Smartphone users in Nigeria will now be spared the exotic Google Map accent, complete with its uncanny ability to humorously mangle local street names and roads.
Google Map will now talk to you in Naija accent and here’s why
The next voice you hear on Google as you try to find your way around Lagos or Abuja, will sound just like you. You have arrived biko, no?
Beginning this month, commuters making their way through Nigerian roads will hear travel advice on the Google Map app in a local voice.
Move over, Oyinbo voice on Google Assistant, the Igbotic, Yoruba and Hausa accents are here!
New features on Google
Google is unveiling new features aimed at attracting more users in Africa—an emerging market with immense opportunities for growth in the tech space.
The local accents feature was unveiled at an event in Nigeria’s commercial capital city of Lagos on Wednesday, July 24, 2019.
The feature is also available on Google Assistant.
It is the first move by the U.S. technology giant to offer such a service in Africa.
“Rapidly expanding populations, increased mobile phone penetration and crowded cities that are often poorly signposted, have led technology firms to identify African countries as potential growth areas”, Reuters writes.
Motorbike hailing services
Google, owned by technology behemoth, Alphabet Inc, is also offering transport features-- from detailed maps to motorcycle ride-hailing services.
Google’s motorcycle directions will be available in Benin Republic, Ghana, Rwanda, Togo and Uganda beginning this month, the company announced.
The technology firm said it is aiming to capture new users and expand its appeal beyond just drivers.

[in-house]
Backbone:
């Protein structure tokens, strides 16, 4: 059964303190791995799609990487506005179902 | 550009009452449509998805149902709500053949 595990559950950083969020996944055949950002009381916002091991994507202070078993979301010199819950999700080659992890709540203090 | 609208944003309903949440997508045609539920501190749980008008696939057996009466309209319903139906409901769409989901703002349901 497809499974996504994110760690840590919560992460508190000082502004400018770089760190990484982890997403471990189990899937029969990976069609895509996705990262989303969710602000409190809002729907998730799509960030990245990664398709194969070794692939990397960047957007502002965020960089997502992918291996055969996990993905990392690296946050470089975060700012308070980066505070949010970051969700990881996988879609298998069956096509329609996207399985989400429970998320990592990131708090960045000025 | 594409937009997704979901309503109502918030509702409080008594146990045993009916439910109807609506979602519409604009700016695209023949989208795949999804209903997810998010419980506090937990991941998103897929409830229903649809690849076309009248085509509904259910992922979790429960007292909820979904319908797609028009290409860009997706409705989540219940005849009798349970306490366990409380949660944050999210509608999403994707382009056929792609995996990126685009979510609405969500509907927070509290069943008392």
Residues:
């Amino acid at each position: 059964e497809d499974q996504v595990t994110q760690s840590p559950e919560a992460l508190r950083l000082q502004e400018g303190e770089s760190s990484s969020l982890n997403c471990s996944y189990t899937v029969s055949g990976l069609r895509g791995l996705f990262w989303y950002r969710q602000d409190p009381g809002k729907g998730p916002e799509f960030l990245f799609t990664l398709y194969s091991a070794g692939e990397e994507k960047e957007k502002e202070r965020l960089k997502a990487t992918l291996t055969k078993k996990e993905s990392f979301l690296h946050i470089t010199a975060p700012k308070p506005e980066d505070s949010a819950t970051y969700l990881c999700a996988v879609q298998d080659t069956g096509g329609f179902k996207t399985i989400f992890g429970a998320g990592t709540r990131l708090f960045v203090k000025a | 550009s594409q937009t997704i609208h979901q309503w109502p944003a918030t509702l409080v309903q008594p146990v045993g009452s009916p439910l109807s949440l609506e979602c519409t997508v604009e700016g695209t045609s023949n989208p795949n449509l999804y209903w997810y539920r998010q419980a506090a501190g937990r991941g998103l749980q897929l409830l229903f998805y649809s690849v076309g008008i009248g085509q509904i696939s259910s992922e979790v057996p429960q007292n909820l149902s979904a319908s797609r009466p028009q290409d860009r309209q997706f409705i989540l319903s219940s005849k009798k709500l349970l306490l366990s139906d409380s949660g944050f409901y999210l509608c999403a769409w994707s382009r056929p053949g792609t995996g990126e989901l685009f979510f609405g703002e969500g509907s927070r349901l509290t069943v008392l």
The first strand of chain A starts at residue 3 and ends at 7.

Google says it is monitoring the bike hailing market in Nigeria, especially in Lagos where traffic gridlocks have become a permanent feature of a fast paced, chaotic and energetic city.
“There are 10 million (motorcycles) in Nigeria, it’s hugely popular,” said Ramesh Nagarajan, Google’s Director of Product Management. “We’re going market by market based on popularity.”
Google goes for the Danfo
The new Google Maps feature will also allow users in Lagos to seek directions on what it calls “informal transit”.
“Informal transit” will include the ubiquitous yellow danfo minibuses that ply virtually every road in Lagos.
However, it is difficult for outsiders or even Lagosians traveling to a new neighborhood to find information on the yellow buses. Google intends to plug this gap in the coming months.
Google has partnered with local startup Road Preppers Technologies Ltd to gather data on the different routes available, and aims to tell users the best options available based on traffic, weather and road conditions.
“What we’re really hoping is for people who might be making a trip to an unfamiliar town, maybe a journey they don’t usually take, to be able to discover the info they need to make that journey,” said Jeff Albertson, a Google senior Product Manager who worked on the development.
The map will include information on the expected fare, travel time and even photos of the bus stops to help guide commuters.
Google and the Nigerian market
Outside Lagos, Google is expanding street view imagery to Abuja, Benin City, Enugu and Ibadan.
Google has shown more than a passing interest in the Nigerian market in recent times.
The tech giant has worked hard to expand its business in West Africa, especially in Nigeria, the continent’s most populous country with an estimated 200 million citizens.
Last year, Google unveiled WiFi hotspots across Lagos.
In 2017, the company launched a program to train millions of Africans in tech skills which will make them more employable.
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